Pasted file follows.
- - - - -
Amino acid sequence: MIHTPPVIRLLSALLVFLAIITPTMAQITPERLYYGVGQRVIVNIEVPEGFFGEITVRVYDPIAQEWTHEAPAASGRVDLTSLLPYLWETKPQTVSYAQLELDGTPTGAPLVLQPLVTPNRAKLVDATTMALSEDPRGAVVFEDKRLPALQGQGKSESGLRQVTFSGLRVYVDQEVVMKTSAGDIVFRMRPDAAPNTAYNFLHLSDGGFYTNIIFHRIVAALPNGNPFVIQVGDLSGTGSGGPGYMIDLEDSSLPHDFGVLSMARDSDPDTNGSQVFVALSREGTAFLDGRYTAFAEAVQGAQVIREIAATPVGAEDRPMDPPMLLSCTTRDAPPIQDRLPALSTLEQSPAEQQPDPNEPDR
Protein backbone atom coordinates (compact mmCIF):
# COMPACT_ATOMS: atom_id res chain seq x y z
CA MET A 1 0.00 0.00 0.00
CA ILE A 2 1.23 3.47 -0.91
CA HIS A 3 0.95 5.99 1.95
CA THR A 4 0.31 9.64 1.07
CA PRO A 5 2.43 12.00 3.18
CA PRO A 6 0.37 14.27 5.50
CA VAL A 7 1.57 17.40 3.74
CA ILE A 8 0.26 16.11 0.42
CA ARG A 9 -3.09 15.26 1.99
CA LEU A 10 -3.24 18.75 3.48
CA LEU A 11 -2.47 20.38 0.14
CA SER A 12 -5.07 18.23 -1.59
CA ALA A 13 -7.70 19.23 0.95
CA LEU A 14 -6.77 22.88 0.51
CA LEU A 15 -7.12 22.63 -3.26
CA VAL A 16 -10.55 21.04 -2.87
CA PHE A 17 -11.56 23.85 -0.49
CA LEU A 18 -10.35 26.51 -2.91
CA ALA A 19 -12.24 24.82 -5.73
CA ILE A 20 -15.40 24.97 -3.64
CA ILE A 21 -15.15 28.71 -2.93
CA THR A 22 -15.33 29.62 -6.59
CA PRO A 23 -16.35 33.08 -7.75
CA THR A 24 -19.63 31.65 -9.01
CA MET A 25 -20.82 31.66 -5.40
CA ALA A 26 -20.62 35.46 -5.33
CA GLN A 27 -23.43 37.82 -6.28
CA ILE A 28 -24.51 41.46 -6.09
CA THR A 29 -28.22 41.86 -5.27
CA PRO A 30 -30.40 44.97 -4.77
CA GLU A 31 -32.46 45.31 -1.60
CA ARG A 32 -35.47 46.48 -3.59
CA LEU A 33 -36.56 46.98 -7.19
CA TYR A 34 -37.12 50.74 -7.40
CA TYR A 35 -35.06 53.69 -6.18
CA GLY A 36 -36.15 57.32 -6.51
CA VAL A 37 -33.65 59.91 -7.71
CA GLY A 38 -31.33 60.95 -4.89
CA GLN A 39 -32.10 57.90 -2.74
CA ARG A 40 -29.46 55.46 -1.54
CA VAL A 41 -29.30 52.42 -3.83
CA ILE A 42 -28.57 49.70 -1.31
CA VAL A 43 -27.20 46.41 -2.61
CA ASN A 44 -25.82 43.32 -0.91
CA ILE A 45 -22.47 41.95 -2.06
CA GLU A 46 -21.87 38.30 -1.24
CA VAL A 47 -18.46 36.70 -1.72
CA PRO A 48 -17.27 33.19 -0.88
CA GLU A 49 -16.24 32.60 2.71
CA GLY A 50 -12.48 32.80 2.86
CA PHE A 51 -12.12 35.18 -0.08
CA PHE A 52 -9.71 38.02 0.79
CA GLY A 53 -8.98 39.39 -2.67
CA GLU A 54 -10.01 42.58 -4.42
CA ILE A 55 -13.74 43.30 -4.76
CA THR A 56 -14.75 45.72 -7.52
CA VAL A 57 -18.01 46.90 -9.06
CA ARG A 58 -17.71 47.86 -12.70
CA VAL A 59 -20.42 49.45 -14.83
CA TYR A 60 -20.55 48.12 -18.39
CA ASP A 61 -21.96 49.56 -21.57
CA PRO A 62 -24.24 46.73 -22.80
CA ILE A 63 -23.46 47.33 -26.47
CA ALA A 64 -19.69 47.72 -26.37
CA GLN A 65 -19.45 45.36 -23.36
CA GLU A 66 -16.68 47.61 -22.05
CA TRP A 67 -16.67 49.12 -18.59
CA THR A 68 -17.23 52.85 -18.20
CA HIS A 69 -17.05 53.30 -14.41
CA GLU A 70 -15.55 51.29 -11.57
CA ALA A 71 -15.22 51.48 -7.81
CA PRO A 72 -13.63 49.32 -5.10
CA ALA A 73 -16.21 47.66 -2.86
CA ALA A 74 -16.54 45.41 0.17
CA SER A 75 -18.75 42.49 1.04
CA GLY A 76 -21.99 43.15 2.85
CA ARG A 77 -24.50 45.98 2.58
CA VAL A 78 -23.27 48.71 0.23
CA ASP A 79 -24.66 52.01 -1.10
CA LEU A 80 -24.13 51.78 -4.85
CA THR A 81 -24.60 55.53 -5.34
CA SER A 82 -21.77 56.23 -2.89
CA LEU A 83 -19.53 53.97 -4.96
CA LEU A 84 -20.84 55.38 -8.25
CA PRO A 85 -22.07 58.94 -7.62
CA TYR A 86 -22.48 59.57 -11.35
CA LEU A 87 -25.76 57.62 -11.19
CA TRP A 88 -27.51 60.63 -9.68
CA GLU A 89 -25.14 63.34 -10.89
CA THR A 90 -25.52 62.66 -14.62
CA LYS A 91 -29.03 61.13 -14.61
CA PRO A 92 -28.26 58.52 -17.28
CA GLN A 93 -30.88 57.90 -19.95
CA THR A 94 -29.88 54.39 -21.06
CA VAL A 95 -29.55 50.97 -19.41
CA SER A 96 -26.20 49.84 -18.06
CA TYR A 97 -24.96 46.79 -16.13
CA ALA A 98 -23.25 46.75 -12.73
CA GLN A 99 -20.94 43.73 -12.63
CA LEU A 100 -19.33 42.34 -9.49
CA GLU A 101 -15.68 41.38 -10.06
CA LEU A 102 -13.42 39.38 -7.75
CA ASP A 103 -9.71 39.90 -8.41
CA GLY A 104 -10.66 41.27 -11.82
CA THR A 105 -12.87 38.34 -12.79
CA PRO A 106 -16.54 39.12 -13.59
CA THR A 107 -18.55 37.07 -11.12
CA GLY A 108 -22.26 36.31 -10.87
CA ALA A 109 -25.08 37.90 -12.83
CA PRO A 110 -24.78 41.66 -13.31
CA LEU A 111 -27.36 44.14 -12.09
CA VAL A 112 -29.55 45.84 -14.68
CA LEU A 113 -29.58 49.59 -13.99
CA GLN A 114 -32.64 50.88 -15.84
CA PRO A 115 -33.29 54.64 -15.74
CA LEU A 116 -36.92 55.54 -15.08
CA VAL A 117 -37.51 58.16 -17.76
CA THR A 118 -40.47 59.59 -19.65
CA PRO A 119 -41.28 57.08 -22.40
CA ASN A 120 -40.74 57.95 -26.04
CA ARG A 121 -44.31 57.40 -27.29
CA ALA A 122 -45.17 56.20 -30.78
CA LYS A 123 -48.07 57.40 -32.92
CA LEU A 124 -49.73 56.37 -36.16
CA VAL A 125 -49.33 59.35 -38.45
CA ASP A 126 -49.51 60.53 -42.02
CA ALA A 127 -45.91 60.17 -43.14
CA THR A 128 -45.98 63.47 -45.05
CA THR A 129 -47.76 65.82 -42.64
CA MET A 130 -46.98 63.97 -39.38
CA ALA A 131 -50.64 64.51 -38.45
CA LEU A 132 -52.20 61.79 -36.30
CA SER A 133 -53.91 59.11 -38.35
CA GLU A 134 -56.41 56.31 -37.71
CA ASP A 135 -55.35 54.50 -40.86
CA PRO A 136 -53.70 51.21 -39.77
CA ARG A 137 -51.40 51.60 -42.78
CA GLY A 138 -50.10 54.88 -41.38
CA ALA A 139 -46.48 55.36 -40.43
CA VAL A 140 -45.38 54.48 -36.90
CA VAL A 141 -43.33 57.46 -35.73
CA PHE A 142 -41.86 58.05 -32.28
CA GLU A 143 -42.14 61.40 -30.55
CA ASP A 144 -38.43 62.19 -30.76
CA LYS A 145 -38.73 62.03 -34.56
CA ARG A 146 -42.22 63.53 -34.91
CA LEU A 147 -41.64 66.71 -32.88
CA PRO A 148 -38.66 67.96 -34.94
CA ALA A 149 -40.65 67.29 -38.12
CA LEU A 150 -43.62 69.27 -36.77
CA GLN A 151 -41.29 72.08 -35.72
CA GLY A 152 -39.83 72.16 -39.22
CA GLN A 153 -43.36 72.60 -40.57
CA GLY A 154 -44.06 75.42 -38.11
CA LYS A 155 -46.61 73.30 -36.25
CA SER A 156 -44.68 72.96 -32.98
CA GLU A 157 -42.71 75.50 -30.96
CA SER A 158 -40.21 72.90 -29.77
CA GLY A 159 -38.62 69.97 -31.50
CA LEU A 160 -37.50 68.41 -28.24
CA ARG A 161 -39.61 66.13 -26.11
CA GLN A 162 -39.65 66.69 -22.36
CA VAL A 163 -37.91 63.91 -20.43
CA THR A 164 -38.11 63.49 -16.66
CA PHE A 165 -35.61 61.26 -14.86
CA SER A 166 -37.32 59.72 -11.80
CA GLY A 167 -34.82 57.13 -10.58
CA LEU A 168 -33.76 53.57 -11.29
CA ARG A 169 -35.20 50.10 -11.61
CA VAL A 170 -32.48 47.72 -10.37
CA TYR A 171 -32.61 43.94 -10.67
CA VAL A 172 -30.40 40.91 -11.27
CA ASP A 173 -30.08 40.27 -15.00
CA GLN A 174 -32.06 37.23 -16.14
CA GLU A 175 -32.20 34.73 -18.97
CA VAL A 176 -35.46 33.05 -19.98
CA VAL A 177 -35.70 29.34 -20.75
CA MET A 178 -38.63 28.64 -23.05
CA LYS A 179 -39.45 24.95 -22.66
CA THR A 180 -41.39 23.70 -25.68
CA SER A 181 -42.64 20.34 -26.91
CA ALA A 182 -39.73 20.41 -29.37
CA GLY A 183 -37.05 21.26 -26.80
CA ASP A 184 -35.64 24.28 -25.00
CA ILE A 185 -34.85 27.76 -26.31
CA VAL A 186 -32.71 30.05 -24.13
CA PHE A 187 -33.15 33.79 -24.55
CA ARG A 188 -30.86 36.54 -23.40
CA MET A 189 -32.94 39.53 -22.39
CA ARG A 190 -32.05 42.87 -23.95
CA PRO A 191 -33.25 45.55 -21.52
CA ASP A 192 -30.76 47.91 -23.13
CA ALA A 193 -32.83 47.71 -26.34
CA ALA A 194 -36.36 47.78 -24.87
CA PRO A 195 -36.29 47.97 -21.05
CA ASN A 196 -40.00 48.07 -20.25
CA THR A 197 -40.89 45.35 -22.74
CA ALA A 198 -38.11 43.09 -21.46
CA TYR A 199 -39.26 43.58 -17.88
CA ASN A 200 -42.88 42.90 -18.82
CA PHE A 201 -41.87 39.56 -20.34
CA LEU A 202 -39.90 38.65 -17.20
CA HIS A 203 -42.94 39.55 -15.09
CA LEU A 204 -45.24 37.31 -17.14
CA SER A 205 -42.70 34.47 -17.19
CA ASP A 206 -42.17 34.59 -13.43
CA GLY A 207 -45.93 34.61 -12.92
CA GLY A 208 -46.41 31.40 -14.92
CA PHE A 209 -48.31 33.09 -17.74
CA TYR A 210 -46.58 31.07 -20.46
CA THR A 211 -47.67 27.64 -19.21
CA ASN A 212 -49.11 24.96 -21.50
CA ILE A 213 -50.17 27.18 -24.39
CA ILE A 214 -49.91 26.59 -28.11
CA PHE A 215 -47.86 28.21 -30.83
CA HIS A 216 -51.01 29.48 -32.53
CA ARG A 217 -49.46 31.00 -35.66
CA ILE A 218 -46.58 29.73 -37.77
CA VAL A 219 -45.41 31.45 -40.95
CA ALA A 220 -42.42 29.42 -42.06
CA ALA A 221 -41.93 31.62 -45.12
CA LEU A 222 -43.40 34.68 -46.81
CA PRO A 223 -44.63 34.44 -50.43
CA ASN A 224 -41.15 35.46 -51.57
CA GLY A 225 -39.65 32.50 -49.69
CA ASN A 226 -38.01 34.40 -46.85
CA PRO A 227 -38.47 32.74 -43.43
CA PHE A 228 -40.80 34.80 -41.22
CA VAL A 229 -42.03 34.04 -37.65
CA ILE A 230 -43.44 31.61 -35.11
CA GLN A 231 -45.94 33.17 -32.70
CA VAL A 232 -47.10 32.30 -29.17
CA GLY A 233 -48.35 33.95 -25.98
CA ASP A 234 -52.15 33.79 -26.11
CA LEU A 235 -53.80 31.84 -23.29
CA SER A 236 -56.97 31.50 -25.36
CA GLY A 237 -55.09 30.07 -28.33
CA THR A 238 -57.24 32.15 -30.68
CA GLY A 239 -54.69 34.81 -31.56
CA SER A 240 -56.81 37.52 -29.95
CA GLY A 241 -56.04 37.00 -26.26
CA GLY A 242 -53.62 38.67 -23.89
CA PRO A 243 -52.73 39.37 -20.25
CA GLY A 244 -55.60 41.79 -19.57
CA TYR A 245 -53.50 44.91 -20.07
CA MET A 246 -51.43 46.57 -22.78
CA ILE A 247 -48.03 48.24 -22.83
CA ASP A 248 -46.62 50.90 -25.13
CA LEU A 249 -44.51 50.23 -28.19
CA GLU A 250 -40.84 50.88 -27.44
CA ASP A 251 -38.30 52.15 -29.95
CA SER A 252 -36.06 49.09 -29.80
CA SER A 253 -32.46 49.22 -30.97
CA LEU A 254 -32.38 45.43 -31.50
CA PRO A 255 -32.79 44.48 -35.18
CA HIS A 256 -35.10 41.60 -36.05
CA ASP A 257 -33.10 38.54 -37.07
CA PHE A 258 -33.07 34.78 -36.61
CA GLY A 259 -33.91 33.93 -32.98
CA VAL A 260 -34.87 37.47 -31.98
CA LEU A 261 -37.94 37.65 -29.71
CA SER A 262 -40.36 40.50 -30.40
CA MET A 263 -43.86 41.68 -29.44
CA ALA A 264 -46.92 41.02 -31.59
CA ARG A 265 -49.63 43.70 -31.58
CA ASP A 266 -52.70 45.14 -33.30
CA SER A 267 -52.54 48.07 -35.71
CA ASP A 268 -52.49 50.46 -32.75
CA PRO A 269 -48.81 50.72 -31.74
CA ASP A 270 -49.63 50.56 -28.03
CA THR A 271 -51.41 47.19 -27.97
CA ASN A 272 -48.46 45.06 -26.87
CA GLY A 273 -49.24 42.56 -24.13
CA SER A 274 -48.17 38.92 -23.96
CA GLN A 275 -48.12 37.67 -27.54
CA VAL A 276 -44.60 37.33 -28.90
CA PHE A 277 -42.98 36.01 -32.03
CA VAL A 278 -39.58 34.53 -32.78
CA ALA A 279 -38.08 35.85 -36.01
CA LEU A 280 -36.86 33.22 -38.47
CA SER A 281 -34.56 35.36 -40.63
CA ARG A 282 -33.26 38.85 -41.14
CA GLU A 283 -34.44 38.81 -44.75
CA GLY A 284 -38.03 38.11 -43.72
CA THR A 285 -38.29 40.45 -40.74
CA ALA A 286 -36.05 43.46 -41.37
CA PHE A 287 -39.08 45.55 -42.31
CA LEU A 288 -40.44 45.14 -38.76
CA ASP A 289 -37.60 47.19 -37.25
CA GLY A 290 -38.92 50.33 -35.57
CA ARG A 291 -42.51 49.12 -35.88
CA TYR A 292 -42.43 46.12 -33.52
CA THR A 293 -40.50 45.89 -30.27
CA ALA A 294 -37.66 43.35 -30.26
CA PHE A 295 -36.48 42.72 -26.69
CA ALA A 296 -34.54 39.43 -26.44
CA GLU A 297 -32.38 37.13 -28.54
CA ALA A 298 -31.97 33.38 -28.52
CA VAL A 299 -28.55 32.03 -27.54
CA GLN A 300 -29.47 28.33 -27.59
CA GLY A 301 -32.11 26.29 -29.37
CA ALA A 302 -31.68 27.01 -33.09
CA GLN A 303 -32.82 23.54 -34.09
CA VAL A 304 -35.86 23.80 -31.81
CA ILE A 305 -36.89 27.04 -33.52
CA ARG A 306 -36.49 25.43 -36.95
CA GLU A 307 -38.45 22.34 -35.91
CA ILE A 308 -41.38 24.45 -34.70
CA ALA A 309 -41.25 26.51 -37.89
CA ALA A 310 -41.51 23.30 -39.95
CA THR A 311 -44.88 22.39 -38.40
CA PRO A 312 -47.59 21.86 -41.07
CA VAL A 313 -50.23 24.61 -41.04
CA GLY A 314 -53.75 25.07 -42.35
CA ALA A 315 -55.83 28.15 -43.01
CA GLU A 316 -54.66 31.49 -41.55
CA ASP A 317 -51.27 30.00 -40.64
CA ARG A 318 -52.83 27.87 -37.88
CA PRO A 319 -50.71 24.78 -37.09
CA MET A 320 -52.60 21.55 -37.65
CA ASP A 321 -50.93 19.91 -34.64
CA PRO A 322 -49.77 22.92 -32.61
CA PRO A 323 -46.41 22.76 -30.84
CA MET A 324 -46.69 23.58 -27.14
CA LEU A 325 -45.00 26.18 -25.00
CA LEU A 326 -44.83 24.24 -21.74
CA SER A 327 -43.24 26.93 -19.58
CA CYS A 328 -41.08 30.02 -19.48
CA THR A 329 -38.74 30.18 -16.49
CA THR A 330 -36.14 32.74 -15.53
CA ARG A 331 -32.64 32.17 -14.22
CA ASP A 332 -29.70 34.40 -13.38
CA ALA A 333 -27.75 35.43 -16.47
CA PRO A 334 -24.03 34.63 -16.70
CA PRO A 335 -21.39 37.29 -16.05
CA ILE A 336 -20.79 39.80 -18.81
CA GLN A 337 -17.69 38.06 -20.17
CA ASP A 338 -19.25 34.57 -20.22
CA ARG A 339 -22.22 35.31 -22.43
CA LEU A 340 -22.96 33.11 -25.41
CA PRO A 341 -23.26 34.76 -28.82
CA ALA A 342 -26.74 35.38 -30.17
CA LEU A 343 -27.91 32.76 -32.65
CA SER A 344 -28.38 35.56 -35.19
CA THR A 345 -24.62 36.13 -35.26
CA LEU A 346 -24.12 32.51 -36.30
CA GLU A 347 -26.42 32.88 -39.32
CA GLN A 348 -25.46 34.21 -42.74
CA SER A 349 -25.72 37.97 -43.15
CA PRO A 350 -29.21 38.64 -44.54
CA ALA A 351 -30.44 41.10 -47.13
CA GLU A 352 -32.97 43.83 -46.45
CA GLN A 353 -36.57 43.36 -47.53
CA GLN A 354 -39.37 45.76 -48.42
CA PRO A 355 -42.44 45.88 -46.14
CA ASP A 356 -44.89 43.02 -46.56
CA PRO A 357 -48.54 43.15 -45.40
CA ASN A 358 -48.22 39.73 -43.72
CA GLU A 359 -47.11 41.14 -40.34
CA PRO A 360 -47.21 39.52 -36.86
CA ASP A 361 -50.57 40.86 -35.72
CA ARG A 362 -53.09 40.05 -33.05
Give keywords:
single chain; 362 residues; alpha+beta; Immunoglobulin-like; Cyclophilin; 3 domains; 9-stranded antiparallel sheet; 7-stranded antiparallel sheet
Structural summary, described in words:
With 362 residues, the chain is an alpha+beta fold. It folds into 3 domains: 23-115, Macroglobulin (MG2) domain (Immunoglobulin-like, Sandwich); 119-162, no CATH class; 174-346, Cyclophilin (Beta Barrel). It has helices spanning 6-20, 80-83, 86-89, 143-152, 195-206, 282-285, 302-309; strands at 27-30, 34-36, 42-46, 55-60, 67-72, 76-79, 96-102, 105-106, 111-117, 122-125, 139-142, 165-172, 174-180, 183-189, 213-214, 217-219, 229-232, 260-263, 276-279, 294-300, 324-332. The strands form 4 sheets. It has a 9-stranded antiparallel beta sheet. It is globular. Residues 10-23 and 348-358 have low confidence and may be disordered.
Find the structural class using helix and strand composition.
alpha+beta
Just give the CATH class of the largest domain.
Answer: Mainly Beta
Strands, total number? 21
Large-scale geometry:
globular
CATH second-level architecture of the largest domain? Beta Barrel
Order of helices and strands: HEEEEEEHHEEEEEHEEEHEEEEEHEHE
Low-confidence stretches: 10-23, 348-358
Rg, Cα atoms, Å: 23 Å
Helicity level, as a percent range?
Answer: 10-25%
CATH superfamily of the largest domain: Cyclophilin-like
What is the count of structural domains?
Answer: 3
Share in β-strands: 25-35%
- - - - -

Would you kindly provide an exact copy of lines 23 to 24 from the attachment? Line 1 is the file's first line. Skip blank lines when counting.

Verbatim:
CA ILE A 20 -15.40 24.97 -3.64
CA ILE A 21 -15.15 28.71 -2.93